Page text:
By Matthew Price
BBC News, Gaza
Since the start of the year, Palestinian militants have fired hundreds of home-made rockets from the Gaza Strip into Israel, killing two Israeli civilians.
Al Aqsa militants pack explosives into a home-made rocket shell
The Israeli army has hit back hard, firing some 6,000 shells into Gaza.
Five Palestinian civilians have been killed in these attacks.
But neither side shows any sign of giving up.
Inside a makeshift kitchen with whitewashed walls, a girl's bike with stabilisers and pink trim lies on the floor.
In the room next door, children's voices can be heard chattering.
Overhead, the roof is made corrugated iron - protection from both the fierce sunlight and from the Israeli drones which would love to look down and see what I can see.
What I can see are three masked men - Gaza's rocket makers.
They are members of the al-Aqsa Martyrs Brigades, part of the Fatah party, and avowed rivals of the radical Hamas movement which currently runs the Palestinian Authority.
The eyes of the chief rocket maker look young, but his words are strong.
"The Israelis kill our children," he says. "So we want to kill their civilians."
On the white plastic garden table in front of him lies a metal tube with fins, about a metre (three foot) long, maybe 15 centimetres in diameter.
There is also a pointed piece of metal shaped like an artillery warhead. This is where the explosives are held.
For about half an hour they mix what they say are household chemicals.
Using a coffee grinder, they remove the lumps from the powder.
The Israeli army insists it is only acting in self-defence
They pour in a little water from a plastic soft drink bottle then stir it. The whole thing looks like a cookery class.
Then they heat it. As the naked flame of a gas burner sparks into life, I step back.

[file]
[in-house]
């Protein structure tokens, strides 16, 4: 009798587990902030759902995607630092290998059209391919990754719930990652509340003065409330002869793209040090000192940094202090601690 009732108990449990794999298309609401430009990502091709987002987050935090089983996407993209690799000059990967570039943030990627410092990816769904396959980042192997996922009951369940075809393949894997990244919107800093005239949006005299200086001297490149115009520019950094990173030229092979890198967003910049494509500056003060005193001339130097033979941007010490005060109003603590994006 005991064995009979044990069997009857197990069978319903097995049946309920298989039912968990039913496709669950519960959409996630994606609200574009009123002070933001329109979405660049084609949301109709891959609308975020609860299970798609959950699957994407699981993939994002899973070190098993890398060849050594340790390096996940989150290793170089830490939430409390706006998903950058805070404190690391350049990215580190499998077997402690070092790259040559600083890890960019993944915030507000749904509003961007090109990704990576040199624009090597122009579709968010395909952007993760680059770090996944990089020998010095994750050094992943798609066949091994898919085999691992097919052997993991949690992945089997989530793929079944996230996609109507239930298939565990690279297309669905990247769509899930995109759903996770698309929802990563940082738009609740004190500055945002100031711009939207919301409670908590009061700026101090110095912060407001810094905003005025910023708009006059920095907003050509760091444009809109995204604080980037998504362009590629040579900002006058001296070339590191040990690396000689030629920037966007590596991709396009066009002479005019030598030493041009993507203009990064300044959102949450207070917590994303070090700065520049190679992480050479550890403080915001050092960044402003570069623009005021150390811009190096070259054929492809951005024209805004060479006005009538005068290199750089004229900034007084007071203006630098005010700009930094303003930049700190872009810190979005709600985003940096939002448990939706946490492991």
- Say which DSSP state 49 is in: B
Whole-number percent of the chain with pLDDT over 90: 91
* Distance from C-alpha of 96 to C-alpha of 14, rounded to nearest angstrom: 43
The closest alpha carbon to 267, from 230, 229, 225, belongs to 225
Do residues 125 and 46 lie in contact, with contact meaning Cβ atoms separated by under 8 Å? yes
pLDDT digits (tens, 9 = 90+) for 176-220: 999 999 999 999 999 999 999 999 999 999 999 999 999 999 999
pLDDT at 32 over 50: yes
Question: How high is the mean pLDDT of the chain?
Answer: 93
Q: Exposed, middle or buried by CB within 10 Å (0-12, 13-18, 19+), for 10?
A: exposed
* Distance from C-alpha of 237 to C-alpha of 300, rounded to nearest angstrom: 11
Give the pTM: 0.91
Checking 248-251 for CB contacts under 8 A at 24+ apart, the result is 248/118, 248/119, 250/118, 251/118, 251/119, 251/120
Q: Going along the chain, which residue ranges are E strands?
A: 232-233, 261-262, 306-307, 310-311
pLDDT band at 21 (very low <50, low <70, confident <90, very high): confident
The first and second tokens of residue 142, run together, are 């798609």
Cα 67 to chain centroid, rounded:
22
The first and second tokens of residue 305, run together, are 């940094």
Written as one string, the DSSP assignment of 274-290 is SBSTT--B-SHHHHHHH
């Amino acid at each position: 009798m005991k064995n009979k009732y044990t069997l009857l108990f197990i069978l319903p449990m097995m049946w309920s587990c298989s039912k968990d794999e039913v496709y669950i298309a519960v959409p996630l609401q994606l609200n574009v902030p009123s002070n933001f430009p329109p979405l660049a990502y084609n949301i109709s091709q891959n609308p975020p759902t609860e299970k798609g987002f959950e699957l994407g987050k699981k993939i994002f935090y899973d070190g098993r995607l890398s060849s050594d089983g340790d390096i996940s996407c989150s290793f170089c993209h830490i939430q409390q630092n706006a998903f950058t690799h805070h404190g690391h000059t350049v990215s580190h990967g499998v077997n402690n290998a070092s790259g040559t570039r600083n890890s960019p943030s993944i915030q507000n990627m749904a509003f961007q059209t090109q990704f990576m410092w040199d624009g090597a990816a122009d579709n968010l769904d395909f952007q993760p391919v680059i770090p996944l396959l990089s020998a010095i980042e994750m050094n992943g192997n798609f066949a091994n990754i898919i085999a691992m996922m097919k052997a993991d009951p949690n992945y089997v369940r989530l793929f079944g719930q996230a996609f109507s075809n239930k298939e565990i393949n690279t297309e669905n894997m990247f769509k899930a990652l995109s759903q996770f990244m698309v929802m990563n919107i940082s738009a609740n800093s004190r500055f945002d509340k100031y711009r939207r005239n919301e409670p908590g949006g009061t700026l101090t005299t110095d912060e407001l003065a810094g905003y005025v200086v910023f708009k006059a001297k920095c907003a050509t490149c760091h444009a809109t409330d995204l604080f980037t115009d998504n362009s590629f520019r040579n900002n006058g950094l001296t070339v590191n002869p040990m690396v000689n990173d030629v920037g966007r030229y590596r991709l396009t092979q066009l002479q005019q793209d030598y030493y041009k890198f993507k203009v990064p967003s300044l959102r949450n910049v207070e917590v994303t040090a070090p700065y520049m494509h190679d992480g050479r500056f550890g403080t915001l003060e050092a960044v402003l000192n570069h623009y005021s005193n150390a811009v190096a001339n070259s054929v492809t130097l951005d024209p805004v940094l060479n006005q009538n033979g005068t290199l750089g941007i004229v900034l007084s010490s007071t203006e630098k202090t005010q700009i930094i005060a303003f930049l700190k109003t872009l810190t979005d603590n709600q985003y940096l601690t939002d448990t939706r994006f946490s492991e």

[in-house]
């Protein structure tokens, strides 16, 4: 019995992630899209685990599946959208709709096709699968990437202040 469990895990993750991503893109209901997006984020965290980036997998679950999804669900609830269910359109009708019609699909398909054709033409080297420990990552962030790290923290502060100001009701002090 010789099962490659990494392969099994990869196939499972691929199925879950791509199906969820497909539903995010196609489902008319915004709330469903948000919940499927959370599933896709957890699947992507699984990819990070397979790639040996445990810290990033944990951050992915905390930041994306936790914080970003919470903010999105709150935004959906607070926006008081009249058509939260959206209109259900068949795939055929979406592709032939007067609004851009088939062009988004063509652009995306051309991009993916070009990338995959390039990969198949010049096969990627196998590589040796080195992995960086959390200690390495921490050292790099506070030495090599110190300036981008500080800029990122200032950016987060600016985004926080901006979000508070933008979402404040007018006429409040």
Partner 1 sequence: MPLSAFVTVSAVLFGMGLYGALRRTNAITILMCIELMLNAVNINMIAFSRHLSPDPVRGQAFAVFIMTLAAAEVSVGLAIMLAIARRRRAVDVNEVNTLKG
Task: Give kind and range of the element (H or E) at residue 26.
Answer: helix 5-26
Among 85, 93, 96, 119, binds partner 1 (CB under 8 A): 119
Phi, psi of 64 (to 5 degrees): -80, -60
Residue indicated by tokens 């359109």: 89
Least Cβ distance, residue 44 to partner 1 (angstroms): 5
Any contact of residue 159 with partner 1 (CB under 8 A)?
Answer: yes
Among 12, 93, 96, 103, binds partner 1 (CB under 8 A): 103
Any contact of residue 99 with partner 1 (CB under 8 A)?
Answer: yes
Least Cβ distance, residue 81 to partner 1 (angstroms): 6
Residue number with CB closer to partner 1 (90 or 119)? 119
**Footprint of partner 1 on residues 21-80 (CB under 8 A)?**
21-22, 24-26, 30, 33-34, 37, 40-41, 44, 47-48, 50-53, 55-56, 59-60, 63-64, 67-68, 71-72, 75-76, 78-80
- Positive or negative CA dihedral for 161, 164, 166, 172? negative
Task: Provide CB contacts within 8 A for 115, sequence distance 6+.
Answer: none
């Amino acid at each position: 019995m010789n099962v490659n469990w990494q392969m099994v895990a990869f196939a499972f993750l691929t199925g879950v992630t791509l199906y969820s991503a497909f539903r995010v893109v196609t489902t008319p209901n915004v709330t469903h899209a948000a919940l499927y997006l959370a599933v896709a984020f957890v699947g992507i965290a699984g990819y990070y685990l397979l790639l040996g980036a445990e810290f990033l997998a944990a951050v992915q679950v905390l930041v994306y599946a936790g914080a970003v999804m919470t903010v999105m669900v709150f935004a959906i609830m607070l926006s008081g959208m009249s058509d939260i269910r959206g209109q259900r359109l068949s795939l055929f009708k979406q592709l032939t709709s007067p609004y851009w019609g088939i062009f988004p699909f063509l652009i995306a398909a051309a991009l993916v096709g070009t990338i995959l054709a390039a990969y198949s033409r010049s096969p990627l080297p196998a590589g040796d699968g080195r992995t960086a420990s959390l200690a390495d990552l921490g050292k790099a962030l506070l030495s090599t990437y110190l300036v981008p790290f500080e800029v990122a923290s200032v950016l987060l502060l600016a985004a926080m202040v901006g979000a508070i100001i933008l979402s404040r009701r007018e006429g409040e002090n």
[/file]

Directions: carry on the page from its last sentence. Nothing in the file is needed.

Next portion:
"It's safe, don't worry," the rocket maker insists calmly.
One of the men, a big fellow with 1970s-style sunglasses, squeezes back into the room, and offers us orange squash in disposable plastic cups.
The mixture, the rocket propellant, is then poured into the long tube. While it sets, explosives are pushed into the warhead, which is then screwed onto the rocket.
Finally, they bring out a can of black spray paint, and add a lick of colour. This is do-it-yourself rocket making.
They make 10 of these a day. They are crude, primitive, and designed to kill.
I ask them why they are doing this.
"To retaliate against Israeli aggression. To create a balance of fear. They shell our houses, so we will shell theirs."
But these rockets are hardly a match for one of the world's most sophisticated armies.
"We have to do something," comes the reply.
Although crudely made, these rockets can be deadly. This year, these makeshift projectiles have killed two Israelis, the army says.
Although Hamas is not behind the rocket fire, Israel says the radical group is doing nothing to stop the militants who are.
So the army has set out to do the job itself, by shelling open areas from which the rockets are fired.
We went for a look. Within minutes, the first artillery shell whistled over our heads.
Everyone ducked instinctively, as if that could help. It landed a kilometre or so away, with a loud bang.
Within half an hour, I counted 30 shells exploding, many of them close to civilian housing.
Palestinian doctors say five civilians have been killed by Israeli shells in the last few weeks.
In the late afternoon, we joined Nasser Abu Khousa's children as they stood on the flat roof of their apartment block, pointing out the explosions.
Five hit near the beach, close to the greenhouses. Another five landed in the open fields.
The sand flies up, and a second or so later, the sound reaches you.
After dinner it started again.
An hour later, Nasser Abu Khousa and I were chatting on the street when we felt the latest explosion.
And the shells fell, on and off, into the night.
Just after dawn, Abu Khousa sent 10-year-old Tamir to school.
"I'm worried about my son, and all the children," he told me. "They could be hit at any moment."
Leaving Gaza, we went to the hills overlooking this tiny strip of land, to meet the Israeli army.
Army spokesman Captain Jacob Dallal said Israel was responding to Palestinian fire.
But was it acceptable for one of the world's most sophisticated armies to be shelling areas where civilians live, putting lives at risk?
"We can't have a situation where people living in this village here, or that city over there, are under rocket fire," he said. "And this is a border. The border has to be quiet."
For now, neither side is backing down.
The rocket makers say they are fighting Israel's occupation of their lands. Israel says it has no other option but to stop the rockets being fired at its people.
And as usual, it is the civilians on both sides who suffer.